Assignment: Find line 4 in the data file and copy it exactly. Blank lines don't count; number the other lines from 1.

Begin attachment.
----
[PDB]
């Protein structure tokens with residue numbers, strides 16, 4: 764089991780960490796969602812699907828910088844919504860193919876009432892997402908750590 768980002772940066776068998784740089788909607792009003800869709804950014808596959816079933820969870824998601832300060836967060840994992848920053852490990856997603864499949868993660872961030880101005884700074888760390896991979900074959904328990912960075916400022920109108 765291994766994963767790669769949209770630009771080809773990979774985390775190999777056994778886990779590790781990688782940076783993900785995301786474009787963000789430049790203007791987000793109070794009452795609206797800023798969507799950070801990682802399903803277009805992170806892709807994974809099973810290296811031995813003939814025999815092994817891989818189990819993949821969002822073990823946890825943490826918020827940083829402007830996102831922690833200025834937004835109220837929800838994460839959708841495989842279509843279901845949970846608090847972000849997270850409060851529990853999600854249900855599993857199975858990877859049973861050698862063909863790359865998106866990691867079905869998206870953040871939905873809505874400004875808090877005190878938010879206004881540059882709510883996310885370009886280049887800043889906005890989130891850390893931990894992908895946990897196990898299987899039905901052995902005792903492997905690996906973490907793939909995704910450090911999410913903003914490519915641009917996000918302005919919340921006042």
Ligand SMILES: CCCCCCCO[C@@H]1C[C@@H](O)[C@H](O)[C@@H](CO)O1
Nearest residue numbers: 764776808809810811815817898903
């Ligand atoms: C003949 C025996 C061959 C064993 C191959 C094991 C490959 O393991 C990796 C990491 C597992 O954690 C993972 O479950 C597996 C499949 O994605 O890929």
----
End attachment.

Nearest residue numbers: 764776808809810811815817898903